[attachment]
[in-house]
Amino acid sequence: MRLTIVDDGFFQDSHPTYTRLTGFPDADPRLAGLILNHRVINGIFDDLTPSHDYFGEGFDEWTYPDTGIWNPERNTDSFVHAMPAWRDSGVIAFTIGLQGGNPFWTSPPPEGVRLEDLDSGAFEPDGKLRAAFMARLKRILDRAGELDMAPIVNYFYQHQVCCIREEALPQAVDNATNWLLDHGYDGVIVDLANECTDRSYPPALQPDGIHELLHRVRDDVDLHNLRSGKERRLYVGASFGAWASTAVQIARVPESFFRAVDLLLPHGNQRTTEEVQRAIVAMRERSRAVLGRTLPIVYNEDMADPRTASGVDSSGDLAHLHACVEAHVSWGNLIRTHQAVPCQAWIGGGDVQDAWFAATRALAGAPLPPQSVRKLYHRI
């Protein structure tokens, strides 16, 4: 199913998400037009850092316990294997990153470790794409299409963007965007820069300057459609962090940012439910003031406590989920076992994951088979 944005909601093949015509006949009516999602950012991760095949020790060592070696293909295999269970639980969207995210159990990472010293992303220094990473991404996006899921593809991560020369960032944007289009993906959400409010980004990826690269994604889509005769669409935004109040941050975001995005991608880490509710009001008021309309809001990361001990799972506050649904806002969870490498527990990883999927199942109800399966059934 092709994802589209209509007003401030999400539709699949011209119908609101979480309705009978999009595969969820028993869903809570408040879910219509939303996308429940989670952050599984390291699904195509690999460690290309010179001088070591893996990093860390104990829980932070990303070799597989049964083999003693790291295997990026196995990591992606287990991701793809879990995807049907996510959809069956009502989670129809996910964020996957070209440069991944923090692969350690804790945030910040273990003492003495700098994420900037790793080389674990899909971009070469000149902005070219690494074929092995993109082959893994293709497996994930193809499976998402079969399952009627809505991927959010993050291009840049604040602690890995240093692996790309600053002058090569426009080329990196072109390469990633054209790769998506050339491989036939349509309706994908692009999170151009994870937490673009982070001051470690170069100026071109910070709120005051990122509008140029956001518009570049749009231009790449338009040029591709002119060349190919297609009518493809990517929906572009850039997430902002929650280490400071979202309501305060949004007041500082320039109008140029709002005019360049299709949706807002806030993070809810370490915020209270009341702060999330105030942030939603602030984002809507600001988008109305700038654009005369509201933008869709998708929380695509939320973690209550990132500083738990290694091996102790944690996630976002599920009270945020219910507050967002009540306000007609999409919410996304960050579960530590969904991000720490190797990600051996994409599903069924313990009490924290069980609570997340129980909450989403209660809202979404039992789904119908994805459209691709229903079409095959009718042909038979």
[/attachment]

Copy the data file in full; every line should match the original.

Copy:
[in-house]
Amino acid sequence: MRLTIVDDGFFQDSHPTYTRLTGFPDADPRLAGLILNHRVINGIFDDLTPSHDYFGEGFDEWTYPDTGIWNPERNTDSFVHAMPAWRDSGVIAFTIGLQGGNPFWTSPPPEGVRLEDLDSGAFEPDGKLRAAFMARLKRILDRAGELDMAPIVNYFYQHQVCCIREEALPQAVDNATNWLLDHGYDGVIVDLANECTDRSYPPALQPDGIHELLHRVRDDVDLHNLRSGKERRLYVGASFGAWASTAVQIARVPESFFRAVDLLLPHGNQRTTEEVQRAIVAMRERSRAVLGRTLPIVYNEDMADPRTASGVDSSGDLAHLHACVEAHVSWGNLIRTHQAVPCQAWIGGGDVQDAWFAATRALAGAPLPPQSVRKLYHRI
């Protein structure tokens, strides 16, 4: 199913998400037009850092316990294997990153470790794409299409963007965007820069300057459609962090940012439910003031406590989920076992994951088979 944005909601093949015509006949009516999602950012991760095949020790060592070696293909295999269970639980969207995210159990990472010293992303220094990473991404996006899921593809991560020369960032944007289009993906959400409010980004990826690269994604889509005769669409935004109040941050975001995005991608880490509710009001008021309309809001990361001990799972506050649904806002969870490498527990990883999927199942109800399966059934 092709994802589209209509007003401030999400539709699949011209119908609101979480309705009978999009595969969820028993869903809570408040879910219509939303996308429940989670952050599984390291699904195509690999460690290309010179001088070591893996990093860390104990829980932070990303070799597989049964083999003693790291295997990026196995990591992606287990991701793809879990995807049907996510959809069956009502989670129809996910964020996957070209440069991944923090692969350690804790945030910040273990003492003495700098994420900037790793080389674990899909971009070469000149902005070219690494074929092995993109082959893994293709497996994930193809499976998402079969399952009627809505991927959010993050291009840049604040602690890995240093692996790309600053002058090569426009080329990196072109390469990633054209790769998506050339491989036939349509309706994908692009999170151009994870937490673009982070001051470690170069100026071109910070709120005051990122509008140029956001518009570049749009231009790449338009040029591709002119060349190919297609009518493809990517929906572009850039997430902002929650280490400071979202309501305060949004007041500082320039109008140029709002005019360049299709949706807002806030993070809810370490915020209270009341702060999330105030942030939603602030984002809507600001988008109305700038654009005369509201933008869709998708929380695509939320973690209550990132500083738990290694091996102790944690996630976002599920009270945020219910507050967002009540306000007609999409919410996304960050579960530590969904991000720490190797990600051996994409599903069924313990009490924290069980609570997340129980909450989403209660809202979404039992789904119908994805459209691709229903079409095959009718042909038979």